Mortgage rates jumped for the fifth straight week as Treasurys have backed up sharply following President Obama's proposal last week to lower tax rates, as well as in response to stronger-than- expected economic news recently. 

According to Freddie Mac's weekly survey, the 30-year fixed mortgage rate surged 22 basis points to 4.83% with an average 0.7 point. This places the no-point rate above 5%.  Rates are at their highest level since mid-May.

The 15-year fixed mortgage rates increased 21 basis points to 4.17%, 5/1 hybrid ARMs averaged 3.77% compared with 3.60% last week, and one-year ARM rates rose eight basis points to 3.35%.

As indicated by the Mortgage Bankers Association's Refinance Index, higher mortgage rates have pushed refinancing activity lower as fewer borrowers have an incentive to refinance. Since mortgage rates hit record lows in early November, the Refinance Index has plunged 36.5% to ~2911 as of the week ending Dec. 10.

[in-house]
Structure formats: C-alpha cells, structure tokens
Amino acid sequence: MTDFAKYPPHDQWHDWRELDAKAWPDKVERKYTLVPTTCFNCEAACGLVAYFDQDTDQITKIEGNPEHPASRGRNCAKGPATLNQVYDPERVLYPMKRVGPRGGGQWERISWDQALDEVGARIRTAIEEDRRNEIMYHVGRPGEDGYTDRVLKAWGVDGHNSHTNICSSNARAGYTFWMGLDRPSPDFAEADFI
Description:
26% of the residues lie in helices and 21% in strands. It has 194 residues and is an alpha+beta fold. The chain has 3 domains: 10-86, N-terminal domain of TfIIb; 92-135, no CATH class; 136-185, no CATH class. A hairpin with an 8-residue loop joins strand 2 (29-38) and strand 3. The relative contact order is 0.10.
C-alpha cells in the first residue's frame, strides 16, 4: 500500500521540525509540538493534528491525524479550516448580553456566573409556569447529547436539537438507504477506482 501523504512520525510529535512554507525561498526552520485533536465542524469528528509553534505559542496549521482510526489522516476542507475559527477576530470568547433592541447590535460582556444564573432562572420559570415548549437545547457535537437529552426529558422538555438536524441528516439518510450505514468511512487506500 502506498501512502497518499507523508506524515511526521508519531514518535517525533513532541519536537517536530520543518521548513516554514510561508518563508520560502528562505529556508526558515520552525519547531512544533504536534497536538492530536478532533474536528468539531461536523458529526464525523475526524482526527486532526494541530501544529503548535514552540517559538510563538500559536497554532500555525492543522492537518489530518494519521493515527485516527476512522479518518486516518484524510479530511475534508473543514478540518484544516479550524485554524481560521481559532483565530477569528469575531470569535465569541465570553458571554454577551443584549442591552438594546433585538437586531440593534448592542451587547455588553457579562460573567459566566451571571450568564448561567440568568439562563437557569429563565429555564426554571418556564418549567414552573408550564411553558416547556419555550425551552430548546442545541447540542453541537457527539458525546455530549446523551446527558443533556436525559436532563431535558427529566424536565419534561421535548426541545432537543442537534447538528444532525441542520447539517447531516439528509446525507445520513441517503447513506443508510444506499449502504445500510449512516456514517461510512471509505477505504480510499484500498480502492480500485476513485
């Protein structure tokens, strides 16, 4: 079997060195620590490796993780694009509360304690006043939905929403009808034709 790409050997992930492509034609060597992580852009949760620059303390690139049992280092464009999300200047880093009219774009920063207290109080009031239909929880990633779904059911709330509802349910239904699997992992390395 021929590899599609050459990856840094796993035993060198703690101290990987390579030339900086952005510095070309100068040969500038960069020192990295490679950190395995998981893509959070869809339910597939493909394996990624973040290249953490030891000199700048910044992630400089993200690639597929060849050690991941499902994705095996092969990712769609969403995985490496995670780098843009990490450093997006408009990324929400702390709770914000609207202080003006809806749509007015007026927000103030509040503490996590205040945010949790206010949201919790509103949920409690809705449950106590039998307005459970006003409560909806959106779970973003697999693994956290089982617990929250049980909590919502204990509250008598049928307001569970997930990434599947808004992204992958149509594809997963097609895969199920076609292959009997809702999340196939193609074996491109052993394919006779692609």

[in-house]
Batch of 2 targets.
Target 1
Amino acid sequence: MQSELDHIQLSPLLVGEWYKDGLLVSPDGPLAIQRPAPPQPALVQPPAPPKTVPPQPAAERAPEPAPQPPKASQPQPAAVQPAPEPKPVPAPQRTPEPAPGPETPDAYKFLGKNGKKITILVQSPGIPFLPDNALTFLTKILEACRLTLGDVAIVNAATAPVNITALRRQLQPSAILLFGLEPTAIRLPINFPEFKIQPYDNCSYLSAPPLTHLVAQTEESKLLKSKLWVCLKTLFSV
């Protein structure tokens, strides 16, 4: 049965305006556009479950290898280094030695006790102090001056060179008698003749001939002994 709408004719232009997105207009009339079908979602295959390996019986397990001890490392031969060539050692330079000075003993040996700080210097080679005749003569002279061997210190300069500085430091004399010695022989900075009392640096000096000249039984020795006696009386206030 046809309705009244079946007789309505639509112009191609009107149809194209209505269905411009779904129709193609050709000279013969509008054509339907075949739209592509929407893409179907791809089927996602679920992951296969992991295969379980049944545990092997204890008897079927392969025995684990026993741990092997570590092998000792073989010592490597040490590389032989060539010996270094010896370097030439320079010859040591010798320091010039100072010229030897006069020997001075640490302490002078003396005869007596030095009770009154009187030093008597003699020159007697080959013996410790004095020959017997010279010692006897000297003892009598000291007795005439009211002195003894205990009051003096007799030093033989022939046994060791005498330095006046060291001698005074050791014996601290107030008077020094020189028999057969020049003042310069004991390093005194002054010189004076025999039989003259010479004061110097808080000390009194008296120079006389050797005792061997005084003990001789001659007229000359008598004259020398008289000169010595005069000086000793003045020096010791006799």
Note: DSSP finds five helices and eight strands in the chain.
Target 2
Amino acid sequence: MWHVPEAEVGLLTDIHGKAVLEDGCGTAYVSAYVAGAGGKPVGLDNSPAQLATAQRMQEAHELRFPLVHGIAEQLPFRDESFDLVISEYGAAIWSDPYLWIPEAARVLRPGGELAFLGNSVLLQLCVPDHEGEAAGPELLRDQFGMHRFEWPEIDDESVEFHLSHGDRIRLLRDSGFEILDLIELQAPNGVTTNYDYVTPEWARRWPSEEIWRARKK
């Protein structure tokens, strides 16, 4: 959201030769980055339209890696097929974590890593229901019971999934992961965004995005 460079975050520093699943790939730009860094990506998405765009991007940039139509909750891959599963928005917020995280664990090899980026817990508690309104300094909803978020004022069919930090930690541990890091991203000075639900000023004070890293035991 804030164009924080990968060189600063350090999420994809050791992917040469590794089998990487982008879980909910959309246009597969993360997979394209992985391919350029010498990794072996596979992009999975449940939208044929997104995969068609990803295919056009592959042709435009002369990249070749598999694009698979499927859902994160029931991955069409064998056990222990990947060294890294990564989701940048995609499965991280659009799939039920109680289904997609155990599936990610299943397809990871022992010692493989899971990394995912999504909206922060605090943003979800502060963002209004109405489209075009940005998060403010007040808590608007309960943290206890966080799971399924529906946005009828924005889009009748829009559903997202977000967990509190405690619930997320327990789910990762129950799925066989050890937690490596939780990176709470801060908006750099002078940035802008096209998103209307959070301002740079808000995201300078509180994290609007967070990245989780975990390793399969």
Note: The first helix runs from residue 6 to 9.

According to FTN Financial, the percentage of the agency mortgage market that is fully refinanceable has declined to around 49% from around 67% in early November. This translates to $1.2 trillion in agency MBS that is less refinanceable compared to a month ago, analysts calculated.

If current rate levels hold, analysts estimated that speeds on 4.5s will decline by 10 to 15 CPR over the next month or so, while 5s will slow in the 5-10 CPR area.

Speeds on 2009 and 2008 4.5s are  currently declining to 17 and 33 CPR, respectively. By the February report (released in March), a drop is expected from 27 and 48 CPR that was reported in November.

Similar vintage 5s are seen slowing to 22 and 32 from 29 and 44.  Also contributing to the slowing speeds in February is a lower day count of 19, along with traditional slowing related to the winter months.

FTN added that, "the current prepayment landscape is highly cuspy at this juncture. Very small changes in primary rates will have a very large impact on the prepayment profile of the MBS market going forward."

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